The Umbrella Revolution

When students finally stood up in Hong Kong a month ago, tens of thousands around the world stood up with them. From demonstrations outside the Chinese embassies in London and Paris to the rallies in Taipei and Montreal, the world rose up in support of the protestors swarming the streets of Central and Admiralty. Across the United States, students on college campuses from Caltech to Williams held solidarity protests, with some even flying back to Hong Kong to take part in the revolt.

There is a remarkably diverse group of people that believes Hong Kong’s protests should be limited to the city’s inhabitants, and that no one not directly oppressed by the government of CY Leung should stand up for free elections in the Pearl of the Orient. The argument goes that those outside of Hong Kong, members of the Chinese diaspora or not, have no stake in the city’s future and thereby should stay out of its internal affairs.

The truth is that when the Chinese government signed their 1997 handover agreement with the British, they made people across the entire world – whether Chinese or British, French or American, Australian or Indonesian — have a defining stake in whether or not democracy comes to Hong Kong. Despite incredible efforts exerted by the government of Xi Jinping to claim otherwise, the Occupy Central movement is not a matter of internal Chinese politics; in fact, the Hong Kong protests have less to do with the development of democracy in China than with the idea that governments everywhere must keep their word to their people.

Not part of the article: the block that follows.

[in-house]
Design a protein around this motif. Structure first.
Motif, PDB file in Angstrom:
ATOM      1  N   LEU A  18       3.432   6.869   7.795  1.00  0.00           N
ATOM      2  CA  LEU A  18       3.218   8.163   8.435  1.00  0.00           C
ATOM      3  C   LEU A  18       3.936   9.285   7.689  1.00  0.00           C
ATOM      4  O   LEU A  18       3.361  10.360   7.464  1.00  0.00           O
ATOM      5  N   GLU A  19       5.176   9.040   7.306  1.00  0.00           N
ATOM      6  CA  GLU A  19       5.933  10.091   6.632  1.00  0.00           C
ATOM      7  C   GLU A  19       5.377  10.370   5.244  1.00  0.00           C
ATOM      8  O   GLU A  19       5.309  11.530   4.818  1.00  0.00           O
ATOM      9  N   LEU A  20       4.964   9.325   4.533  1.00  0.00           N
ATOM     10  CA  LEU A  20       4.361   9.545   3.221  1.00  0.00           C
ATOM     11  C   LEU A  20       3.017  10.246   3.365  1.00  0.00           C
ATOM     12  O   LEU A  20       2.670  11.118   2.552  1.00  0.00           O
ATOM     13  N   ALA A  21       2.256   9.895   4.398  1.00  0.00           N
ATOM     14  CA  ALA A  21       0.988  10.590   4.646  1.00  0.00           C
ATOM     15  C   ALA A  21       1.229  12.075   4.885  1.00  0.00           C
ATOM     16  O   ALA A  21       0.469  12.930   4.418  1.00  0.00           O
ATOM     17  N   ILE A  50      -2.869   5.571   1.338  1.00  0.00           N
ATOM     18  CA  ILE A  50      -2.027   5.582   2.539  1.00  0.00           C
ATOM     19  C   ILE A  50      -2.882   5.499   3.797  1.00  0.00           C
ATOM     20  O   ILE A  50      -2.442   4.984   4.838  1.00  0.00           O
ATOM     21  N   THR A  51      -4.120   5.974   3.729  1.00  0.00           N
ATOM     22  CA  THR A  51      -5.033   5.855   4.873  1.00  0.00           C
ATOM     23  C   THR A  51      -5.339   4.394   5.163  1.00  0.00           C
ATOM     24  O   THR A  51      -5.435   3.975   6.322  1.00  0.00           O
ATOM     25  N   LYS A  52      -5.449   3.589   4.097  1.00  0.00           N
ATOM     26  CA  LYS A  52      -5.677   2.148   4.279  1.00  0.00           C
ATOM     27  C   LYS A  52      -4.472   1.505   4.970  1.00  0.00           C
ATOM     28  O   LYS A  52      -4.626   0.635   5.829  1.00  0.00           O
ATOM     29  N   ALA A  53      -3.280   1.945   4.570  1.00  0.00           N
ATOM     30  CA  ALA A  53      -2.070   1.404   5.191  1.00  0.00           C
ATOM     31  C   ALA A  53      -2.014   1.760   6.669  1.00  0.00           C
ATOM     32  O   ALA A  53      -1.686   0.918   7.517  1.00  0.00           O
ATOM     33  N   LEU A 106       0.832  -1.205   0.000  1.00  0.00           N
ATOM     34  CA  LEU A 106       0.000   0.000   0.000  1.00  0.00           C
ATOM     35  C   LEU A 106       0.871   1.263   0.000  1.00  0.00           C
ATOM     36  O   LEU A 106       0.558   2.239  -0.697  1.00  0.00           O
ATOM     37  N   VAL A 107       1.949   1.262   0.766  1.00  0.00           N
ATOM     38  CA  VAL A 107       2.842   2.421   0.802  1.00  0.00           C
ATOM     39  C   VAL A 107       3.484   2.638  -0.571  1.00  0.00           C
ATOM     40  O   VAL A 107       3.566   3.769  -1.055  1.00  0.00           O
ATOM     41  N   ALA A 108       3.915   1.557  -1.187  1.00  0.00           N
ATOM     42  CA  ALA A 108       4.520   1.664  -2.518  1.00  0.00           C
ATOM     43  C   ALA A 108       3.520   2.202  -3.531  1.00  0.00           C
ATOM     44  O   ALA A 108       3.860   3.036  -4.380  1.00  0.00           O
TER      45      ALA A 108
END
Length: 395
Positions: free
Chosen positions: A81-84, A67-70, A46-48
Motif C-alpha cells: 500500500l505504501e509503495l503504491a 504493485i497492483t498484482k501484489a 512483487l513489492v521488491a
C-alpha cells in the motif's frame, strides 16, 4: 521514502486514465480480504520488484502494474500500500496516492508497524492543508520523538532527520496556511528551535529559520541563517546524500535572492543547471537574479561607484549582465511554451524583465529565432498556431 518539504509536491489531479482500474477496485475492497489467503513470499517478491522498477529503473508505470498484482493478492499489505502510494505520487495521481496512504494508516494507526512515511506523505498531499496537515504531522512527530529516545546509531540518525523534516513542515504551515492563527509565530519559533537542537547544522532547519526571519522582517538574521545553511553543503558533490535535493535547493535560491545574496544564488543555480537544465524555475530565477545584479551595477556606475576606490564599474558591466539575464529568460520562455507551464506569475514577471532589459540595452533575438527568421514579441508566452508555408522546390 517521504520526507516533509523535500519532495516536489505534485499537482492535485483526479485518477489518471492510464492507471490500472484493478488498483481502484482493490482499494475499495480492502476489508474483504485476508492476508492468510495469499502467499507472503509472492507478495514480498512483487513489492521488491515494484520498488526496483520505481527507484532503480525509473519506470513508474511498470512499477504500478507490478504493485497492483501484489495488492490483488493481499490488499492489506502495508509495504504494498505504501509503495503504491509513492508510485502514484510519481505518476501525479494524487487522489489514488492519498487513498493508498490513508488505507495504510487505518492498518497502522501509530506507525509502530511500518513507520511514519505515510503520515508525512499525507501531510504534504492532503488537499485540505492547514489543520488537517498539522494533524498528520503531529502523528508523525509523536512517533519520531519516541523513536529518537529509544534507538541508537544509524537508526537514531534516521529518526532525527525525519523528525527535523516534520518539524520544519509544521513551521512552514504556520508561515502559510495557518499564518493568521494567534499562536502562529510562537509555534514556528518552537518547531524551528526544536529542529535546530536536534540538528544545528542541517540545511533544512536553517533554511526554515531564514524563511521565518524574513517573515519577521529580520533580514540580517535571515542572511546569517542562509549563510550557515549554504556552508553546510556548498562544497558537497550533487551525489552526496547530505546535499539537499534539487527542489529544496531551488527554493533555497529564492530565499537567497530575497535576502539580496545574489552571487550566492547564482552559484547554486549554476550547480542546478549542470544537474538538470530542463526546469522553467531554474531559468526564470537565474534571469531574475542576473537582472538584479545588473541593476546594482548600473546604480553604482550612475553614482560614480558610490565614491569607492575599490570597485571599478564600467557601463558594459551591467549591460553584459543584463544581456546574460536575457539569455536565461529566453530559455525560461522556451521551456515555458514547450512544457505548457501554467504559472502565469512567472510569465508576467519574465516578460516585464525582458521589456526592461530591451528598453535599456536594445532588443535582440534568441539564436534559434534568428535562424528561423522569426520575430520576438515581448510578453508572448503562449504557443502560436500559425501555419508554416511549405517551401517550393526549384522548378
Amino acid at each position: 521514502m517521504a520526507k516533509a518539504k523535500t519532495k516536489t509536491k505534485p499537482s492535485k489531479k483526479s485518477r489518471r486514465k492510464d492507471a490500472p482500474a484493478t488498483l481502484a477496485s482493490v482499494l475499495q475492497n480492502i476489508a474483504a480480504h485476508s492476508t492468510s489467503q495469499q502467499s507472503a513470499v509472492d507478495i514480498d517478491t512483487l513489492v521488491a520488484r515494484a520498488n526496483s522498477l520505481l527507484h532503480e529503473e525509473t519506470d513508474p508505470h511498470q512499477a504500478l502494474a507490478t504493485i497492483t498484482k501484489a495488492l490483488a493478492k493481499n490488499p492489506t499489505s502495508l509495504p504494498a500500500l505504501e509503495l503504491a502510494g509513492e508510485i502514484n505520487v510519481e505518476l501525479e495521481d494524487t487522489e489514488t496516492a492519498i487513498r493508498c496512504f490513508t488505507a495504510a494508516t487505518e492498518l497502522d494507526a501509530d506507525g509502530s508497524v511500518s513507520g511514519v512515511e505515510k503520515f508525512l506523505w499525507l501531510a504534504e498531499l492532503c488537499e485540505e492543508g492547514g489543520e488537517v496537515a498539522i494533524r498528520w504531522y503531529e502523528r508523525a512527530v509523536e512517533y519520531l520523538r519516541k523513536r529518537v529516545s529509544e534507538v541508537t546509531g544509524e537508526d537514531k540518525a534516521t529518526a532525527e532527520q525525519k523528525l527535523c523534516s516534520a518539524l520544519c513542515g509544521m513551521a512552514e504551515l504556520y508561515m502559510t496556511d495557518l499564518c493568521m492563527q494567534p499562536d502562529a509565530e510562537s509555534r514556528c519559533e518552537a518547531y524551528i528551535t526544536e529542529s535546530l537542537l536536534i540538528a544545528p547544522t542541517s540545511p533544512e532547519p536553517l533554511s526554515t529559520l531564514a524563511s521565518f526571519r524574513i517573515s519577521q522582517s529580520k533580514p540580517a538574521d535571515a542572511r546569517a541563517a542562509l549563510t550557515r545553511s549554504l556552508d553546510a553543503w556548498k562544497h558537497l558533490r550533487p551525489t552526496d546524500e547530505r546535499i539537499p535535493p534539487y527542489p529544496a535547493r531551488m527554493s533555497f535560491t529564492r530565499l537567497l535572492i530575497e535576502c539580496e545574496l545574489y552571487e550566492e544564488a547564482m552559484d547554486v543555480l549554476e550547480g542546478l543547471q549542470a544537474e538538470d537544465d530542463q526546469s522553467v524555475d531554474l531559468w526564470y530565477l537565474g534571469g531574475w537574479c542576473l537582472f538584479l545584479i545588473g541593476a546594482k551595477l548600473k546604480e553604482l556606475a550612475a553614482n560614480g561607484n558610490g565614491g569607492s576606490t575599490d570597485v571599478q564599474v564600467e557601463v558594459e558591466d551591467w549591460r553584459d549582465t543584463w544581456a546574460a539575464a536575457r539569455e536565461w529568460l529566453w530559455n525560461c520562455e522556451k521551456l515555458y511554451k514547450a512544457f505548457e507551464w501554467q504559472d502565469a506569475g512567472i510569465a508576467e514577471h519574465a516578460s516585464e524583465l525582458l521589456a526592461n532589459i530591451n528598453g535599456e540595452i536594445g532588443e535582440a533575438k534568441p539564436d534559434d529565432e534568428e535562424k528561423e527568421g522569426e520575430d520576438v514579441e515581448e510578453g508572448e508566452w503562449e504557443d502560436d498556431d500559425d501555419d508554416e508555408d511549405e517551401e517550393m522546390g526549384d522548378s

In 1997, the handover agreement between China and the U.K. put into writing the promise that 20 years after Hong Kong fell into Chinese hands, the Chinese government would allow free and open elections in the city, a promise repeated by Chinese leaders time and time again in the years leading up to 2017. Fundamentally, the issue behind the Occupy Central protests is whether or not citizens – not only in China, but everywhere — have a right to be secure in their lives and minds, to know that the people entrusted with their safety and security have not lied to them about their future.

This idea that governments cannot brazenly mislead their people is a global sentiment. It is the reason why Americans were outraged at Benghazi, Iran-Contra, and the Iraq War. It is the reason why the entire western world erupted in anger over government surveillance. And it is the reason why protestors in cities around the world have taken to the streets in support of free elections for Hong Kong.

The lack of free elections in Hong Kong threatens to set yet another dangerous precedent for governments to renege on agreements with their citizens, and it is because of this that Hong Kong’s fight for democracy is about not only the future of the island, but the future of governance.

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Written by Mason Wong.